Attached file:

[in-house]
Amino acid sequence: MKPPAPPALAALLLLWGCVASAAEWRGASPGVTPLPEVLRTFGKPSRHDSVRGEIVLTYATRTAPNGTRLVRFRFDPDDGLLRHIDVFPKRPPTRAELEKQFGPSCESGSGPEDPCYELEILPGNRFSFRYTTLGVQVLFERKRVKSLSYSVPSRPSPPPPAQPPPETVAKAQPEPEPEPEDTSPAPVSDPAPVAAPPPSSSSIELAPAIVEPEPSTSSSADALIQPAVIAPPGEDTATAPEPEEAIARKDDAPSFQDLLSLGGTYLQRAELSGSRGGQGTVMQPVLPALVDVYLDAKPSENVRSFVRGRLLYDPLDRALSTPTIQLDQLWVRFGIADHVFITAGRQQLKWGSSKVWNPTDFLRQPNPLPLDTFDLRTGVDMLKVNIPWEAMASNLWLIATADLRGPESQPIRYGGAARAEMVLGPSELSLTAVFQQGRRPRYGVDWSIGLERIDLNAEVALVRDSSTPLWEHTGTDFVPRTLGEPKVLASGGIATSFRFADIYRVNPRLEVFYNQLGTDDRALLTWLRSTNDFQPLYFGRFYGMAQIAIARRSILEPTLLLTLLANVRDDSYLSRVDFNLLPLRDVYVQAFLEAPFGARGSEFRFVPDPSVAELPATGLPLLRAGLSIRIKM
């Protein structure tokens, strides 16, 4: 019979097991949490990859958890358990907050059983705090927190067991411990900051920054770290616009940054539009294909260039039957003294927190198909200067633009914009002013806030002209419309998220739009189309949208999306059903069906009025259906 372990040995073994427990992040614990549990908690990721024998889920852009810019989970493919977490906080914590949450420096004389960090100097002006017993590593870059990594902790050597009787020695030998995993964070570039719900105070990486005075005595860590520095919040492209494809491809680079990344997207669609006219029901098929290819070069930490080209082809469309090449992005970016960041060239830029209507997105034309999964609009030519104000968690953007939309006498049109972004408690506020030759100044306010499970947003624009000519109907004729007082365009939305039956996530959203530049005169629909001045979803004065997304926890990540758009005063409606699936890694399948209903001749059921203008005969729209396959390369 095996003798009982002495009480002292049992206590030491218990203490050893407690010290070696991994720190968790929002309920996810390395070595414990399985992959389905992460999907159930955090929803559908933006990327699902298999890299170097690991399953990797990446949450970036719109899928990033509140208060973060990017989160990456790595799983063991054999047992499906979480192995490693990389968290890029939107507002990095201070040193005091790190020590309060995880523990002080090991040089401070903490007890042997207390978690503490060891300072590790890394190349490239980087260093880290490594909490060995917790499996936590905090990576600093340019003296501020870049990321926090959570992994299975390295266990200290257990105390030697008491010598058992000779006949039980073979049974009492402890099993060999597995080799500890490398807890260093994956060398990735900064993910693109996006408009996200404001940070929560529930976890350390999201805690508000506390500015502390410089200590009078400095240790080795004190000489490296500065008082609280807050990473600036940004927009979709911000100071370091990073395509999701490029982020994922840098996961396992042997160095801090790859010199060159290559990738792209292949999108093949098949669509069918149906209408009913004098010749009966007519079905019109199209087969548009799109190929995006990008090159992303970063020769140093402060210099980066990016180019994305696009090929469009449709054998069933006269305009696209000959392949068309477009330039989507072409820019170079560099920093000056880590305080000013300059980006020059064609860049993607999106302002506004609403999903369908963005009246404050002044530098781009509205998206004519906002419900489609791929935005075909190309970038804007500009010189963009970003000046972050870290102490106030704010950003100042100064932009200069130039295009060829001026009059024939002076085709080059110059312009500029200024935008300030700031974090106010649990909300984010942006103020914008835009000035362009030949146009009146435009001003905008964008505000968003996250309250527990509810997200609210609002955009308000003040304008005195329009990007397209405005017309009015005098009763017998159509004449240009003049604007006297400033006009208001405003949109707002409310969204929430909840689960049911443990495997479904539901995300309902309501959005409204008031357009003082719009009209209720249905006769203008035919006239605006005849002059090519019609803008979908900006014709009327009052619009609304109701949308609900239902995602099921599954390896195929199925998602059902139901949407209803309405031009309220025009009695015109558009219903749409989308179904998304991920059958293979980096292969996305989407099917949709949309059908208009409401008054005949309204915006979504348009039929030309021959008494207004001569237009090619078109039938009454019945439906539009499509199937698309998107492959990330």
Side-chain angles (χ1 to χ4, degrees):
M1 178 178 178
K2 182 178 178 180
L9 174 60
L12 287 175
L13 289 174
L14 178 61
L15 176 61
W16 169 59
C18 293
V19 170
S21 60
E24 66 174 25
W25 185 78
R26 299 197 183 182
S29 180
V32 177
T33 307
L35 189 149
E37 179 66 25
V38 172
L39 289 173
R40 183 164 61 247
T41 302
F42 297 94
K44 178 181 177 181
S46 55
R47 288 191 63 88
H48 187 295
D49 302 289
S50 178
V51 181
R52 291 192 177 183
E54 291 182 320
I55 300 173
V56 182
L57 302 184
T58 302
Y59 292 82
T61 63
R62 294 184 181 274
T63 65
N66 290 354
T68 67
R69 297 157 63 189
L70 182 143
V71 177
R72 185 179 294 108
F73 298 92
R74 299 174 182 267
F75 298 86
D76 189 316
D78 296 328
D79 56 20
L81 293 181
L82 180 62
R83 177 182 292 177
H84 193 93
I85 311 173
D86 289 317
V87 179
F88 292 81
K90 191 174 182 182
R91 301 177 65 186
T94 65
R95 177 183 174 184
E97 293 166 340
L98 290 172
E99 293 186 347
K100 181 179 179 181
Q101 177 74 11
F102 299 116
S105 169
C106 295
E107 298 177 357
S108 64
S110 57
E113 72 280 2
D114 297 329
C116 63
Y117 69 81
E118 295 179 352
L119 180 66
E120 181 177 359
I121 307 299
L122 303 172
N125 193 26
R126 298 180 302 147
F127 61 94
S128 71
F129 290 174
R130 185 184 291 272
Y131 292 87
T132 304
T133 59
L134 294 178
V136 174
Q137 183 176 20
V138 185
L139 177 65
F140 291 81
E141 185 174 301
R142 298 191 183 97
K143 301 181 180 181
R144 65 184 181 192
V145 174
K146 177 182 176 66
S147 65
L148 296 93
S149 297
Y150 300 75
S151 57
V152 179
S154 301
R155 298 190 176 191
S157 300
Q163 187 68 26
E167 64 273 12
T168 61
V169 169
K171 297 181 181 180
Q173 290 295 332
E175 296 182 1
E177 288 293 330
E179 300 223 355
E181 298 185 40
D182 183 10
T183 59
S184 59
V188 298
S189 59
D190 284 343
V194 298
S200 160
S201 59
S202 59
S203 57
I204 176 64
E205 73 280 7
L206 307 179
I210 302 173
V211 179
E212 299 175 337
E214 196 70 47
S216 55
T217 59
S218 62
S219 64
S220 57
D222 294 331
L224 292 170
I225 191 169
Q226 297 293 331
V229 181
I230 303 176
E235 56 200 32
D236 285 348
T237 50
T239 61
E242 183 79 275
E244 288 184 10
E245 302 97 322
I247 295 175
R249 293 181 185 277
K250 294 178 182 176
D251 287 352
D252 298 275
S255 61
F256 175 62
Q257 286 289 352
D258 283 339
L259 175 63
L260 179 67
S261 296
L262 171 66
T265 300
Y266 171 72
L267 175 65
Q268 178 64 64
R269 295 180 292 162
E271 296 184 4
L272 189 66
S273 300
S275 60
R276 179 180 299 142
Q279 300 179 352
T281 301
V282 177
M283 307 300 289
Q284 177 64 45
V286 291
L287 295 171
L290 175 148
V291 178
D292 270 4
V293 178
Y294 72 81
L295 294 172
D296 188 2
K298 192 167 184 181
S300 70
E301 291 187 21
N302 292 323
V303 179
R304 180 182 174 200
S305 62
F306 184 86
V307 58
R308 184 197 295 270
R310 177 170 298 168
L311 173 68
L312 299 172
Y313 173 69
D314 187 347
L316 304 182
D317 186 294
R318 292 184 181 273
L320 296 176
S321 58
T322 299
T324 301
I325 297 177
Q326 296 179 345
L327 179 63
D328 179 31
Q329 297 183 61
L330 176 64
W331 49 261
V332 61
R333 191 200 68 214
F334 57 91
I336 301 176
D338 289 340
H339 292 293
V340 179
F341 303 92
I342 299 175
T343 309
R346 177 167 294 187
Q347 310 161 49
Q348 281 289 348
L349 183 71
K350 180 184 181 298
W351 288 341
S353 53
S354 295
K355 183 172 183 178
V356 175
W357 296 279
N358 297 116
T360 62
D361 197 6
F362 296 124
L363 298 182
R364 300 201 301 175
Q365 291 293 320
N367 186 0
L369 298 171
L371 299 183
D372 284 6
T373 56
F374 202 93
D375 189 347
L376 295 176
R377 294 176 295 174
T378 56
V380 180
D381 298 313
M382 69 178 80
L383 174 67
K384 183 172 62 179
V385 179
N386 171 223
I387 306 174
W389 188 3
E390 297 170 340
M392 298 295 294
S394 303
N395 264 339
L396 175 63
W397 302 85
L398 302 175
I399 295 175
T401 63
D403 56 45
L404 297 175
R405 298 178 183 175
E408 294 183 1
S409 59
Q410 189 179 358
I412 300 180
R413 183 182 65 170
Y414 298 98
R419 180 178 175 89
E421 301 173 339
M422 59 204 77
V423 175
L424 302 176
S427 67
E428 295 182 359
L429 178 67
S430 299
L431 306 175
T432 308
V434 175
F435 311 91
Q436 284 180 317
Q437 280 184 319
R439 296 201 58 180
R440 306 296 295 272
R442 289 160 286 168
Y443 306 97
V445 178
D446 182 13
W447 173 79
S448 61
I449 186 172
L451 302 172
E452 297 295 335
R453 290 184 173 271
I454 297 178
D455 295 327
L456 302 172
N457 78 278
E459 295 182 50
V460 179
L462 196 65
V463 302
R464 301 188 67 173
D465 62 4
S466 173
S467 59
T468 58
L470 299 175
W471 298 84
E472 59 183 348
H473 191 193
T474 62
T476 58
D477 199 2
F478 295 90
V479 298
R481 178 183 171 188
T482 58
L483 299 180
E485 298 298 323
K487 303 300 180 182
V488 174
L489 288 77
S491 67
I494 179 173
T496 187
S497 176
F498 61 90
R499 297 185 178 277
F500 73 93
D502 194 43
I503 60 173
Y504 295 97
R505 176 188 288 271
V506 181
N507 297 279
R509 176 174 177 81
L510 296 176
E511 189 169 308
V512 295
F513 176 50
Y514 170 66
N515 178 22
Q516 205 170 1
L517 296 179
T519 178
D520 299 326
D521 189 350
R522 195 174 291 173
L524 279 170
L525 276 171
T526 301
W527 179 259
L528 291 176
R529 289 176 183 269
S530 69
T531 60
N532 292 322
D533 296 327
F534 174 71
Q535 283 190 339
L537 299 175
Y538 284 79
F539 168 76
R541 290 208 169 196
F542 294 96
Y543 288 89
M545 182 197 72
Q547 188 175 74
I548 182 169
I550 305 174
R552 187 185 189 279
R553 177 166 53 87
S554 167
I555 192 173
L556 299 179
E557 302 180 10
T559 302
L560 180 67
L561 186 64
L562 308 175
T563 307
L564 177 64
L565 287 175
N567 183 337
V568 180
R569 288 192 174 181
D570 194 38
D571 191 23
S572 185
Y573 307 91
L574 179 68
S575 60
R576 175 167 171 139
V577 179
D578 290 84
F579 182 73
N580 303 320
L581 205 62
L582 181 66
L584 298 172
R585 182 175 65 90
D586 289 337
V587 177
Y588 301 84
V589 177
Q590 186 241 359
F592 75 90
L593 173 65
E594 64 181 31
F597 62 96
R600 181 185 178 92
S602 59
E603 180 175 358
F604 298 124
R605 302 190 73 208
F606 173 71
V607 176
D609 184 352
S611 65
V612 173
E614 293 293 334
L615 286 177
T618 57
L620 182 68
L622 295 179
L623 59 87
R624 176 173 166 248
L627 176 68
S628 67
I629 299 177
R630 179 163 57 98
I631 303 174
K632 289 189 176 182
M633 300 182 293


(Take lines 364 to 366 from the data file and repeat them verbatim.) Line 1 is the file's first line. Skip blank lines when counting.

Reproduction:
V506 181
N507 297 279
R509 176 174 177 81